Evergreen High School freshman Abby Rosenberg won the March Madness championship round.
But not in basketball — in poetry.
Rosenberg’s poem, “The Forbidden Fruit,” bested 63 other poems written by both student and professional poets to win the competition at the high school. The poem is about battling addiction.
Second place went to sophomore Alison Michelin, whose poem “The Nightmare Before Christmas” was a spoof of the movie and a retelling of “ ‘Twas the Night Before Christmas.”
The competition, which was all about getting students excited about poetry, was sponsored by the school’s English department and spearheaded by English teacher Bernadine Shimon.
Shimon said a poetry competition of this nature was the first for the school, and she was pleased with the excitement it generated. She started with 64 poems — about half written by students. The remainder were song lyrics from the likes of Jim Morrison and Paul Simon, and poems from professionals such as Edgar Allan Poe, Shel Silverstein and Elizabeth Barrett Browning.
Students in English classes voted for their favorites. The initial 64 were narrowed to the Sweet Sixteen, then the Elite Eight and eventually to the Final Four. In the championship round, Rosenberg’s poem beat out Michelin’s poem by only three votes.
Shimon hopes the poetry tournament becomes a yearly event as a way to help students become enthusiastic about writing and reading poetry.
Concerts teach kids about jazz
Students at three Evergreen elementary schools were treated to concerts by the Boulder Acoustic Society last week courtesy of the Evergreen Jazz Festival.
Assemblies featured the jazz/blues band at Marshdale, Wilmot and Bergen Valley elementary schools.
The Evergreen Jazz Festival sponsored the concerts because the festival’s mission statement includes an education component, said Jim Reiners, one of the festival founders.
“Kids really don’t know much about traditional jazz music,” Reiners said. “In our own small way, we want to get them involved in the music, so the music will continue to have an audience … . We take this education thing pretty seriously.”
The Boulder Acoustic Society, featuring musicians playing violin, accordion, bass and percussion plus vocals, was perfect for an elementary school audience, said Maureen Spiegleman, vice president of the Jazz Festival board and co-chair of the education committee.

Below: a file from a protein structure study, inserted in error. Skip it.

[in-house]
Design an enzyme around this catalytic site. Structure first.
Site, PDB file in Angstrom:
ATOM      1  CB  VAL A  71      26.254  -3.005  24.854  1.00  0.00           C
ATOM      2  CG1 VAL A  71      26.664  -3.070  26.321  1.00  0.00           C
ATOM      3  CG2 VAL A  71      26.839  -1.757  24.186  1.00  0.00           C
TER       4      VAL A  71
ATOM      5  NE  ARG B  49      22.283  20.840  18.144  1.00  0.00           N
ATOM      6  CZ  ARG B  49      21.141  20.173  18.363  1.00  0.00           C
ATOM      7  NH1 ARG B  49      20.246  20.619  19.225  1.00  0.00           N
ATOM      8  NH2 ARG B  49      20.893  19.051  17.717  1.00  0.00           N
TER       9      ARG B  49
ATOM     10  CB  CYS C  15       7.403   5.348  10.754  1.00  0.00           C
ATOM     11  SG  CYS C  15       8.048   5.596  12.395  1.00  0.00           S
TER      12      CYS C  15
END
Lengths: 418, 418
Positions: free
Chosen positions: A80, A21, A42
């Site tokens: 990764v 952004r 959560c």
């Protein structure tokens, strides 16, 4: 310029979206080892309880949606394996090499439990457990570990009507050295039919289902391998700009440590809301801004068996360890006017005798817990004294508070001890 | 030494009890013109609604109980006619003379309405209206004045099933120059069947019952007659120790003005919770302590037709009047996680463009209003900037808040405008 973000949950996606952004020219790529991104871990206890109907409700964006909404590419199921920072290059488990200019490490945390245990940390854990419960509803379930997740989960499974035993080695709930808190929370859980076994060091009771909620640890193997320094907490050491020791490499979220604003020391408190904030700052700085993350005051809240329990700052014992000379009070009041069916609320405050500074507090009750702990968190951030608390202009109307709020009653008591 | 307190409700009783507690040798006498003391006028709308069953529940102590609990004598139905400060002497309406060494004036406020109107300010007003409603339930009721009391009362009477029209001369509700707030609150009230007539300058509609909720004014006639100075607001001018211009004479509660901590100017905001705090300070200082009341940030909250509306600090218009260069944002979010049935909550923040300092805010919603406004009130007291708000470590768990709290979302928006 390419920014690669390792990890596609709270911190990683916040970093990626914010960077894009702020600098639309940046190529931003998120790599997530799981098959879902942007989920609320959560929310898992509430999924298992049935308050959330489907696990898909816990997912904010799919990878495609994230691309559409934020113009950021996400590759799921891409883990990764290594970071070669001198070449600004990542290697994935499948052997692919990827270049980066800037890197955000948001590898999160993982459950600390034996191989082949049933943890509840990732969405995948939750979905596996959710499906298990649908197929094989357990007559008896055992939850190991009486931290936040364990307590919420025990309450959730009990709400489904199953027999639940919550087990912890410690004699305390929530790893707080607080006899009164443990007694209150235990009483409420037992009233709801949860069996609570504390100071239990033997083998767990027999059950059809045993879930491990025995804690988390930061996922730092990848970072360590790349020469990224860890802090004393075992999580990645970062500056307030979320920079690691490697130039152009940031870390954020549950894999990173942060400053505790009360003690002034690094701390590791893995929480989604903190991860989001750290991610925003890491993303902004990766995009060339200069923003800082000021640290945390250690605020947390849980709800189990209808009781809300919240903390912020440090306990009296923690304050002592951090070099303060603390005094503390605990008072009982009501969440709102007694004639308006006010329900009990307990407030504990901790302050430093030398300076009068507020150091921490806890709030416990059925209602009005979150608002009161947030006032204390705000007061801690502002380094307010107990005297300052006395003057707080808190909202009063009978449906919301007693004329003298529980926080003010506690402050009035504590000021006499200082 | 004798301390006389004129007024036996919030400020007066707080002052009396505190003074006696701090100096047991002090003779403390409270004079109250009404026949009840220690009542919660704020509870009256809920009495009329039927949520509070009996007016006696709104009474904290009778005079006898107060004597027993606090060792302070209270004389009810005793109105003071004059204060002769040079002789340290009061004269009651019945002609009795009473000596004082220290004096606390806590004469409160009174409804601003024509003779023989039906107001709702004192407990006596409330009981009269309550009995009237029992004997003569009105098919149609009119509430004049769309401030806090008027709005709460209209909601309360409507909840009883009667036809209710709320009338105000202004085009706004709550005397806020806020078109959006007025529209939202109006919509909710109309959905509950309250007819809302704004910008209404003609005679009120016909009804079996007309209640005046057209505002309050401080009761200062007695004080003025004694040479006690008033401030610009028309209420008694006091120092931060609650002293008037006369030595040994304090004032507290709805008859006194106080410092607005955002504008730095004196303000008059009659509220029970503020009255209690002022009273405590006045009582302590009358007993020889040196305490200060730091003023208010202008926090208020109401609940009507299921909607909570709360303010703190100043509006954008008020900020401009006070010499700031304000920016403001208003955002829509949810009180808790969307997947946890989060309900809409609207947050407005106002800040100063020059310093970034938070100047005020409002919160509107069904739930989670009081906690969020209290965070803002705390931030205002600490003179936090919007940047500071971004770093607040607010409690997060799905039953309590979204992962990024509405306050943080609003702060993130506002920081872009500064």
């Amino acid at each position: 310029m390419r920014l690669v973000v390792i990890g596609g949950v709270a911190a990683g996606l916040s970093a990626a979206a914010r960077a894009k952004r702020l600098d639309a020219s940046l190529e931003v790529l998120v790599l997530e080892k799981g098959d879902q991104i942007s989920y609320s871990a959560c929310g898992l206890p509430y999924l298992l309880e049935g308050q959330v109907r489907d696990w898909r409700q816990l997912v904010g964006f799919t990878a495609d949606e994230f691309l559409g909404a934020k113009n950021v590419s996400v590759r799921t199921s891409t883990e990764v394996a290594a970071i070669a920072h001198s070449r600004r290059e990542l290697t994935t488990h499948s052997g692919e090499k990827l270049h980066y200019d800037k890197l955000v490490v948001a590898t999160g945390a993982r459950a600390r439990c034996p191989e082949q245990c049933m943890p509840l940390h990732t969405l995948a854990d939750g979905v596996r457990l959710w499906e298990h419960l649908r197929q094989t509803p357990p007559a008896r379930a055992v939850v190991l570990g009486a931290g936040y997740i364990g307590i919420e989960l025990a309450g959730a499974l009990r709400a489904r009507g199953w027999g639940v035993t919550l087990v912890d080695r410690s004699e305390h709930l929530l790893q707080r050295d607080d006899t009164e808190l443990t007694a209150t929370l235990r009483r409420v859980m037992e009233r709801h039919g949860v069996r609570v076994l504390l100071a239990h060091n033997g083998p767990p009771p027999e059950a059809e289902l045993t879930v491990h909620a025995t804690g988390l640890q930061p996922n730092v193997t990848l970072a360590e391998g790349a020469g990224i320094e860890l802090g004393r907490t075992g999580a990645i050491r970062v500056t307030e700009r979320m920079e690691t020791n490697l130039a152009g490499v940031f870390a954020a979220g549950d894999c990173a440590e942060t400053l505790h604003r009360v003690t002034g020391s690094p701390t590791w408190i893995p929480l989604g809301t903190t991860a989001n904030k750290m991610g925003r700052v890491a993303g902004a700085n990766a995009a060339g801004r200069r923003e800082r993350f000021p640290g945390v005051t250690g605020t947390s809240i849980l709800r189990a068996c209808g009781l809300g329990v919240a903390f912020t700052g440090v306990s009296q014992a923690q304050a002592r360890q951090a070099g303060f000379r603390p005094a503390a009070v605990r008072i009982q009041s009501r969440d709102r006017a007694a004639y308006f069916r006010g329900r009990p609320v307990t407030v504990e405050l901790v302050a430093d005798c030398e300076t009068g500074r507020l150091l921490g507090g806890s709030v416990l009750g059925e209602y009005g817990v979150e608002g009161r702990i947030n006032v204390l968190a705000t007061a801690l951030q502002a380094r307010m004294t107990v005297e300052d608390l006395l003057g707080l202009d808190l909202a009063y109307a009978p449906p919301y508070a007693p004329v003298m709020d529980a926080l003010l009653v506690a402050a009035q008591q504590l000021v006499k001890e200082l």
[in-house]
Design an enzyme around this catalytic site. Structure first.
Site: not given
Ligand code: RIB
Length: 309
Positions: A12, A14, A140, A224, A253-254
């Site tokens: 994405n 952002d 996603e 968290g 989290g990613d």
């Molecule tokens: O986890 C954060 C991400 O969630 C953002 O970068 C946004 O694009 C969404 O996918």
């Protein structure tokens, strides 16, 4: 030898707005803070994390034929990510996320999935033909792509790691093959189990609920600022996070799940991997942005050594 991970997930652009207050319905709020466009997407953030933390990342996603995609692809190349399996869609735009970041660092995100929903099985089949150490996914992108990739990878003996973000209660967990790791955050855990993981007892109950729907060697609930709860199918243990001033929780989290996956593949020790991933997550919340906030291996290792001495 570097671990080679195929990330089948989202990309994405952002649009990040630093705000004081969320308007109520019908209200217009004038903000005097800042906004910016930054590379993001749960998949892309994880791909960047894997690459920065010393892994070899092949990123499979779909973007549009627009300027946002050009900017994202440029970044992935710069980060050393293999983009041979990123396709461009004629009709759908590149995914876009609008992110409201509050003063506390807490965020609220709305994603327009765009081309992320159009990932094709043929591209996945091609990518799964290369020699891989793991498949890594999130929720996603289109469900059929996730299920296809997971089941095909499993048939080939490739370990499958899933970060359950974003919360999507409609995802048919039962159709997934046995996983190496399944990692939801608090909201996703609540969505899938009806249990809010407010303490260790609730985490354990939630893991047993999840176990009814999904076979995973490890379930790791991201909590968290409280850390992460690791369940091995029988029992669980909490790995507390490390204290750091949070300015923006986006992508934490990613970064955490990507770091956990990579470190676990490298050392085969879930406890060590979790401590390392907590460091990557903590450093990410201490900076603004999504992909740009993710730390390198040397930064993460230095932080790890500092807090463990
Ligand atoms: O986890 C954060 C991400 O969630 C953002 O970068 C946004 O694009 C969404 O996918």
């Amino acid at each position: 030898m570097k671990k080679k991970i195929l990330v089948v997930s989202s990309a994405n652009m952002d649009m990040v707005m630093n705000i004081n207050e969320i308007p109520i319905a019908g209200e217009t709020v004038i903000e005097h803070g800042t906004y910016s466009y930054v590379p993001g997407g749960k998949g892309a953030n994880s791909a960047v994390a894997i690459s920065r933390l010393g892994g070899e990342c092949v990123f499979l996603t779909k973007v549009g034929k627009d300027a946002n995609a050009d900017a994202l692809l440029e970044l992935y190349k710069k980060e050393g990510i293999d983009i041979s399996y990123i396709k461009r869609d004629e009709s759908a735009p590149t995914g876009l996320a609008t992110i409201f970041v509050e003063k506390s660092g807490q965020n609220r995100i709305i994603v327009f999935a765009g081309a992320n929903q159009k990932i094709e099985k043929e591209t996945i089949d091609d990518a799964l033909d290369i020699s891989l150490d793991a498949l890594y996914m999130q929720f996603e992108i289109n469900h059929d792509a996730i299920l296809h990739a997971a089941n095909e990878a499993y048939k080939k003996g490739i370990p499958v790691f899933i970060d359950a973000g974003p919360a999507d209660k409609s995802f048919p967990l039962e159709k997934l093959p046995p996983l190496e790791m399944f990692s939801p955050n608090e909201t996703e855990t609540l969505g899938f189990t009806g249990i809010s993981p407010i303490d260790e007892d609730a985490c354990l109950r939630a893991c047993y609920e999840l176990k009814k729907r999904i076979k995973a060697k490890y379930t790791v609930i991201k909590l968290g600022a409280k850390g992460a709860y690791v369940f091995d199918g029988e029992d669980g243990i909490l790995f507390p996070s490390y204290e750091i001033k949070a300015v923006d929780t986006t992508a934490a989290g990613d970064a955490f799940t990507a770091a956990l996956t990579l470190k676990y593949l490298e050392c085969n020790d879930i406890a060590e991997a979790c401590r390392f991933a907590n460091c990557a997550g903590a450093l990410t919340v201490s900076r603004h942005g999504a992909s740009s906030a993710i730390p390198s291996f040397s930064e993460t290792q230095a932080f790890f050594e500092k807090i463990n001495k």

“What (the musicians) do is unique,” she said. “They don’t just play a concert. Instead, they talk to the kids about how the music’s constructed and how it progresses …”
The musicians asked the children to give them information about their school lunch experiences that could be turned into lyrics to a blues song. “It was just fabulous,” Spiegleman said.
Three years ago, the education committee really started reaching out to school-age children to teach them about jazz. “One of the things I’m proudest of is watching the education outreach grow,” she said.
EMS Team Fit learns about fitness, nutrition
Twenty-five Evergreen Middle School students —members of the school’s Team Fit — culminated their journey to learn more about fitness and nutrition by meeting members of the Colorado Avalanche hockey team last month.
Team Fit is sponsored by the Avalanche and Nuggets for third- through eighth-graders in the metro Denver area. It focuses on teaching children about the fundamentals of nutrition and fitness
The EMS eighth-graders analyzed their diets for four weeks by keeping track of what they ate, categorizing the information into the food groups and comparing it with the food pyramid, according to Chris Portaro, the school’s consumer and family science teacher.
They also met with physical education teacher Lisa Deal to participate in physical activities.
The Team Fit members had to apply to be part of the program, Portaro said. Students wrote essays about why they wanted to participate.
“We were looking for kids who really were focused on learning more about nutrition and fitness,” she said.
March 6 was designed as Colorado Avalanche Day at the school, when only the 25 students spent an hour with center Ben Guite and right wing Brian Willsie. In addition, Avalanche strength and conditioning coach Paul Goldberg reinforced the message of the importance of nutrition and exercise.
To give back, Portaro and Deal prepared a basket for the Avalanche with items that had an Evergreen flavor — bandanas from Echo Mountain, a hockey puck from the Evergreen Lake House and T-shirts from the Little Bear.
Portaro considered the program successful and says she’s already looking forward to the school’s involvement next year.
Have tips about schools in Evergreen? Contact Evergreen resident Deb Hurley Brobst at email@example.com.